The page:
Recently Rick Merritt of EE Times reported on his interview with Mark Bohr, "Mr. Process Technology at Intel," and wrote: "It’s the beginning of the end for the fabless model according to Mark Bohr."
Quite naturally this caused many responses, with the majority of them hinting that Intel is trying to break into the smart mobile space by sowing doubt in the future of the existing ecosystem around TSMC-ARM and multiple fabless vendors.
We recently wrote two very relevant blog entries: Is NVIDIA in a Panic? If so, what about AMD? Other fabless companies? (04/02/2012); and Why Samsung will give Morris Chang sleepless nights (02/05/2012)
With recent reports about Qualcomm having issues with TSMC, Apple not being able to shift out from Samsung (their competitor) to TSMC, AMD having severe issues and trying to shift some of manufacturing from GlobalFoundries to TSMC, and straight out statements such as: "NVIDIA deeply unhappy with TSMC, claims 20nm essentially worthless," as was discussed in EE Times opinion: Required change in EDA vendors’ role and reward vs. scaling yield, one can't avoid the question: Are we facing a dramatic reversal of the trend from the Foundry model back to the IDM model?
It does seem that advanced scaling these days provides a significant advantage to the integrated model, where trade-offs between design, library EDA, and manufacturing, provide a better end product. Such an integration advantage manifests itself with respect to yield, now that the majority of the yield losses are design-related rather than random defects, and to manufacturing cost, as some of the layers needs double or even triple/quad patterning.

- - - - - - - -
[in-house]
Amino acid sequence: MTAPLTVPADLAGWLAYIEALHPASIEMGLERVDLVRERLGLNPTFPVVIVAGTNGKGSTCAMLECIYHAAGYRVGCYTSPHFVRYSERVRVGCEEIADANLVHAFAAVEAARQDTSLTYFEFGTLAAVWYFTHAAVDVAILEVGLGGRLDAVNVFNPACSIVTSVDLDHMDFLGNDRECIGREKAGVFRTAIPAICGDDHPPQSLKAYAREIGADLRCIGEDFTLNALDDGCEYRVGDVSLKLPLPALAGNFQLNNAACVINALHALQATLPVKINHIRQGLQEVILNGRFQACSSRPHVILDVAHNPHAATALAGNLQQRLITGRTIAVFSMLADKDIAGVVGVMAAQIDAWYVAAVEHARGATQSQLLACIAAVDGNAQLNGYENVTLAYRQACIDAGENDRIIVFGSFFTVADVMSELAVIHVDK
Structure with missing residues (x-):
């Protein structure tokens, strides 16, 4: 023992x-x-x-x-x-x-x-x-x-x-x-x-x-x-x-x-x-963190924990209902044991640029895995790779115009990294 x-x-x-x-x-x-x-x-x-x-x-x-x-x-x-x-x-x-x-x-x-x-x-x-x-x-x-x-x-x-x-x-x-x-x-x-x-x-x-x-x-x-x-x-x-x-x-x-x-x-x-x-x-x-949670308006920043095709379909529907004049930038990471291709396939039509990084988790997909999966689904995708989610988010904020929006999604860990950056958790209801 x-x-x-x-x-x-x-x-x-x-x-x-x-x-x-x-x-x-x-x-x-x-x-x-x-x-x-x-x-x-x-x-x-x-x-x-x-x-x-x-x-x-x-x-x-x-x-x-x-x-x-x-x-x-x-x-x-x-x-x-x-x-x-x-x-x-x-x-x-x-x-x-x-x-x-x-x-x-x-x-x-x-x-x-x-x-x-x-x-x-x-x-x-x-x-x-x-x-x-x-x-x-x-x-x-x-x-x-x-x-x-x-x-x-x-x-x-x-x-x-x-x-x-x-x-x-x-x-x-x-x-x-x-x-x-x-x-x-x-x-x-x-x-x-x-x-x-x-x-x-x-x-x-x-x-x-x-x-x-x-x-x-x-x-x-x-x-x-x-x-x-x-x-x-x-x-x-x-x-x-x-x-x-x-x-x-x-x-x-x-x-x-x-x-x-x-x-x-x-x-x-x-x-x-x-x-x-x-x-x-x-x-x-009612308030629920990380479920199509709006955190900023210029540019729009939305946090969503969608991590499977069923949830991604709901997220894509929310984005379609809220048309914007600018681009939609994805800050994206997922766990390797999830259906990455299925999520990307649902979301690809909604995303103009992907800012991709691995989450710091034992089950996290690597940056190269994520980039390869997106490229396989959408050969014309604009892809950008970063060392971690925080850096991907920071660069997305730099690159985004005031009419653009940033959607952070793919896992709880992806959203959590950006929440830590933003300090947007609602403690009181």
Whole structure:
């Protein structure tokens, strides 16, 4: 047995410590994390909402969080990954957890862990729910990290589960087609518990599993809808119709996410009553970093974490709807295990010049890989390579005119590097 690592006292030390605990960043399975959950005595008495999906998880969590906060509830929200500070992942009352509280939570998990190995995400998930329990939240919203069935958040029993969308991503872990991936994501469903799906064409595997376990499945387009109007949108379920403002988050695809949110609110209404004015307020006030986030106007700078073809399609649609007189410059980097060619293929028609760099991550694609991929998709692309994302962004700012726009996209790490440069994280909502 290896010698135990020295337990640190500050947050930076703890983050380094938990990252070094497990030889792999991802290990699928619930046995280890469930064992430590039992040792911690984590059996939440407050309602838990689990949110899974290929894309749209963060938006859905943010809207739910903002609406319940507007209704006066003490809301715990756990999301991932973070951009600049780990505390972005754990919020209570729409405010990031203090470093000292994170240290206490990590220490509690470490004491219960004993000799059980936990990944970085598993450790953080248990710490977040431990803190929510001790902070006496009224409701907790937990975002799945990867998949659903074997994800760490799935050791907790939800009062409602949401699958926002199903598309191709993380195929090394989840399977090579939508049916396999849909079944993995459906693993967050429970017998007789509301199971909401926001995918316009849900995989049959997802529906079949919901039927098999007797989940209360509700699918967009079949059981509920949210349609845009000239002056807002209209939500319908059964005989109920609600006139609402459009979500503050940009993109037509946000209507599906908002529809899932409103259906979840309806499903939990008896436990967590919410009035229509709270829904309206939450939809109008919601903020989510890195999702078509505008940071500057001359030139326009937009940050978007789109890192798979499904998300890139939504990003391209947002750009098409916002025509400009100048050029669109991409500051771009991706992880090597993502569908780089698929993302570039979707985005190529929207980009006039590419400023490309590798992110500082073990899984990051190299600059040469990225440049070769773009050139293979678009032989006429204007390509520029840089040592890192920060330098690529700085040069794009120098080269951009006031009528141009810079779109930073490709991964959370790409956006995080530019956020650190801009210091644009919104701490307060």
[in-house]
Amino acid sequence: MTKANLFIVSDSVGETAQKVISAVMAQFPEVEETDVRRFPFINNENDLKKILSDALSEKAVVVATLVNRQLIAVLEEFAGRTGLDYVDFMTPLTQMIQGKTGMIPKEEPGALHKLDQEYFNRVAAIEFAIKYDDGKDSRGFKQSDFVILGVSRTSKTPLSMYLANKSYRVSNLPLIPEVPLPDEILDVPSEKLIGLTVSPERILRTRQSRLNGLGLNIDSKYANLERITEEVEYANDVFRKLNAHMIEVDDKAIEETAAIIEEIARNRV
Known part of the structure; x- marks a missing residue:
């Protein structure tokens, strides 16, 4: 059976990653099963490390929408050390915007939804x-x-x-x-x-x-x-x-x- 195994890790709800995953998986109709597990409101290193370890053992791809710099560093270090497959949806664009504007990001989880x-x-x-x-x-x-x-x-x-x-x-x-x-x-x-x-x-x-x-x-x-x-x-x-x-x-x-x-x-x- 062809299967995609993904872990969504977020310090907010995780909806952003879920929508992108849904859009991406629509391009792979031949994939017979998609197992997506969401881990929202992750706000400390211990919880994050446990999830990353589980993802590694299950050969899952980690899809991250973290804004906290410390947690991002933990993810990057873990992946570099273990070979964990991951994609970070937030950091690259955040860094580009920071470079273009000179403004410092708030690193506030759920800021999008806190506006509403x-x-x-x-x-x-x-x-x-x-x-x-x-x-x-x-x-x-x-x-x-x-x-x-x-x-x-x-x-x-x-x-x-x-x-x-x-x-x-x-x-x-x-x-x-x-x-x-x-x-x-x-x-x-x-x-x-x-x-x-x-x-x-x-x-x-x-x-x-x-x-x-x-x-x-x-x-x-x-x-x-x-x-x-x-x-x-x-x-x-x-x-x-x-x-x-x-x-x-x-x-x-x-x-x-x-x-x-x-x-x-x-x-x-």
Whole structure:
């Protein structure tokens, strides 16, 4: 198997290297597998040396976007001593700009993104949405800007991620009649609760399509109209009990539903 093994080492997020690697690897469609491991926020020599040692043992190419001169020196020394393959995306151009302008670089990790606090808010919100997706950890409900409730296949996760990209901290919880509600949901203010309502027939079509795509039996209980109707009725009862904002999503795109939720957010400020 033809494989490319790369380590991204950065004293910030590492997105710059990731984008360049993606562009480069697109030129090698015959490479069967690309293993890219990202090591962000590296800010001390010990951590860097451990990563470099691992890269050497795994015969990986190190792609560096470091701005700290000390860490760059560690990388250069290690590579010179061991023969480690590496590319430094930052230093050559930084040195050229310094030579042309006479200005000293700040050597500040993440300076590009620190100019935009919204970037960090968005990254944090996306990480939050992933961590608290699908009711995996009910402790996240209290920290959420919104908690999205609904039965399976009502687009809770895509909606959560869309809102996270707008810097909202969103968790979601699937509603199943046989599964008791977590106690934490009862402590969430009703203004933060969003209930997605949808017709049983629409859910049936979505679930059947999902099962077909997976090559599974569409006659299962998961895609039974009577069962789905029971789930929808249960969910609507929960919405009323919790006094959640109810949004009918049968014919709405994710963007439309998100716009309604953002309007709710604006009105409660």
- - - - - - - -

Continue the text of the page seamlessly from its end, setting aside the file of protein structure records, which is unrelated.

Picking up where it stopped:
We at MonolithIC 3D Inc. are very pleased to see 3D ICs becoming a key business strategy, and truly believe that adding monolithic 3D manufacturing capabilities will extend foundries’ strategic benefits even further. Monolithic 3D, with its 10,000x better vertical connectivity, provides an exciting alternative to pure dimensional scaling. Moore's law is about doubling the number of transistors, which could be easily achieved using existing process and lithography by simply doubling the number of layers carrying transistors. Scaling through the third dimension provides power, speed, and cost benefits similar – or even better -- than we once used to get from dimensional scaling (see "Why Monolithic 3D" for more information).
In addition, monolithic 3D provides benefits that cannot be achieved with dimensional scaling such as pulling out embedded memory into another layer on top of the logic. In a typical SoC the embedded memory may represent 50% of the die area and include hundreds of memory macros, requiring too many vertical connections for TSV but is a very simple task for monolithic 3D integration.